Pocketbook issues drive heated contests in school board races
A controversial building project, questions about assessment appeals and a long-stalled teachers’ contract are among the issues driving public engagement in heated school board races in Tuesday’s primary.
It’s not unusual for school board ballots to draw few candidates and scarce attention from voters. Given that candidates in such races can and often do cross-file on the Democratic and Republican ballots and that the posts are unpaid, they are rarely seen as a jumping-off point for those seeking higher office.
That cuts both ways, said David Chambers, chair of the political science department at Indiana University of Pennsylvania.
“It’s both a blessing and a curse. The blessing is you don’t have to worry about that label. Absent a label, many people don’t know what you stand for. Then it becomes based on issues, which might be a good thing in every election,” he said.
Without hot-button issues and the possibility of political gain, however, it’s often tough to recruit candidates to run in contested races for school board, said Gerald Shuster, a University of Pittsburgh professor of political rhetoric and longtime participant in local politics.
Races like those in the Burrell, New Kensington-Arnold, Southmoreland and Penn-Trafford school districts, where 12 candidates for 12 seats face no opposition, are the norm.
In one Burrell School District race with two seats open, Thomas Deiseroth is the sole candidate on the ballot.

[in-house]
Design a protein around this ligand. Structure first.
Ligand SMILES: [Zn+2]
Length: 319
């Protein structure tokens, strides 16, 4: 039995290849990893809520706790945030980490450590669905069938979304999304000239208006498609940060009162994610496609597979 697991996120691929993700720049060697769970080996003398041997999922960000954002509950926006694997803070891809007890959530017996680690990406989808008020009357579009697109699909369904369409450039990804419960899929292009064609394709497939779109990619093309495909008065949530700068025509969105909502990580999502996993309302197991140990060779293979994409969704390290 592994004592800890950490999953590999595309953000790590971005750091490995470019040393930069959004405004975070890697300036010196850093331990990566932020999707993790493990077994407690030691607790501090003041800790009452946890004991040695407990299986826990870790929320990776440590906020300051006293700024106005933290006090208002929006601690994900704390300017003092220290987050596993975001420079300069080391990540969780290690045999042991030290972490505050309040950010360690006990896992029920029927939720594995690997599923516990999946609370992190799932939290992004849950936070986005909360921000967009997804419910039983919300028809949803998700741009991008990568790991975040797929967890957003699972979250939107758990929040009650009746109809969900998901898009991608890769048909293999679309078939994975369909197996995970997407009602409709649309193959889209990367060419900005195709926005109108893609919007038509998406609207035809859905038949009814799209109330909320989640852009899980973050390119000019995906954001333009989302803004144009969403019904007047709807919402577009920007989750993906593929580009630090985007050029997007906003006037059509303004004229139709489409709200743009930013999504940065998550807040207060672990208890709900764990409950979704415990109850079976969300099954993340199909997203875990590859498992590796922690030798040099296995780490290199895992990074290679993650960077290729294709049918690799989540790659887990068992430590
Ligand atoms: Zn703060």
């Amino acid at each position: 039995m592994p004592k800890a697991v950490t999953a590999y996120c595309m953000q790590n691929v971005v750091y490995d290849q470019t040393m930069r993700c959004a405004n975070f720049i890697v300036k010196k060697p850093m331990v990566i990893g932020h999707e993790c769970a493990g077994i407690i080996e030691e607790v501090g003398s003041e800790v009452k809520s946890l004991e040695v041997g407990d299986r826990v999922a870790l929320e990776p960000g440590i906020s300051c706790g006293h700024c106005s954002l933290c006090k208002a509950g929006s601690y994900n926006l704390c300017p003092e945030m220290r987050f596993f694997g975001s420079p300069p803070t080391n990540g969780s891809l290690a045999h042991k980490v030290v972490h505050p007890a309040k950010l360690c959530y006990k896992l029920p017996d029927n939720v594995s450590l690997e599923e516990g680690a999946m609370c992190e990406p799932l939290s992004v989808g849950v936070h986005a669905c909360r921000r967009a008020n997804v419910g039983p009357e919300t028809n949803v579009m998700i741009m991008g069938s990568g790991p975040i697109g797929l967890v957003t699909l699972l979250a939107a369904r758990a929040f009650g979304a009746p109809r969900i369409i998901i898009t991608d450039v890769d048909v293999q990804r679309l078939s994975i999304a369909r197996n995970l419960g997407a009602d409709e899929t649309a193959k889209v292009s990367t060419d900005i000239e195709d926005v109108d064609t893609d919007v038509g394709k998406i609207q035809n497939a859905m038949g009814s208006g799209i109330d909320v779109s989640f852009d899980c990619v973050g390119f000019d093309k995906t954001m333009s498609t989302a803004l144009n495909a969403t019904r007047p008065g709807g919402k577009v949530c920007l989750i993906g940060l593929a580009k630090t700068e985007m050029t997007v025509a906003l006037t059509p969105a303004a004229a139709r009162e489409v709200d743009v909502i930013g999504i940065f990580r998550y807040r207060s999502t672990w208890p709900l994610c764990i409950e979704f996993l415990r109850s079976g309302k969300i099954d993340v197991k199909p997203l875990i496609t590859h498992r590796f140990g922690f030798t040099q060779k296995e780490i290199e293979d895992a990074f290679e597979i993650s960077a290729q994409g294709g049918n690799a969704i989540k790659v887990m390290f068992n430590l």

“Sometimes, it’s almost as though you have to go to the cemetery,” Shuster said.
But that isn’t the case this spring in several districts with crowded ballots where primary campaigns have become heated contests.
In the Franklin Regional School District, where the school board last year approved a $54 million plan to renovate the Sloan Elementary School and build a new one nearby on Sardis Road, 13 candidates are running to fill six seats.
A prolonged negotiation for a new teachers’ contract has split the Mt. Pleasant community and drawn 12 candidates seeking five school board seats.
And in Hempfield, where the district challenged assessments on several residential properties last year, 11 candidates stepped up to vie for five seats.
“When this happens, the driver for the most part is local economics, pocketbook issues,” Shuster said.
“Each one of the issues have been trigger issues in the past that literally reached into people’s pocketbooks and spurred interest in the race. When that happens, more people will vote and more people will run,” Chambers said.
Those issues are felt more keenly in Pennsylvania than in some states because, while the per-student cost for public education here is higher than the national average, the state’s share of the bill for public education — about 37 percent, compared with 47 percent on average elsewhere — is among the lowest in the nation. That leaves local property owners to pick up a larger share of school costs.
When public concern focuses on economic issues, it can spur candidates to step forward with creative ideas to improve public schools within the confines they face, said Susan Spicka, a Shippensburg school board member who also is CEO of Education Voters of PA, a statewide nonprofit public education advocacy group.
While that may be the case, yet another factor could be driving political engagement in local races this year, Penn State political science professor Michael Berkman speculated.
“This is a period of high political engagement,” Berkman said. “We saw a record number of political candidates in 2018. It could be that it filtered down, that people are energized and they see that school boards are an important place to start.”
Deb Erdley is a Tribune-Review staff writer. You can contact Deb at 724-850-1209, [email protected] or via Twitter .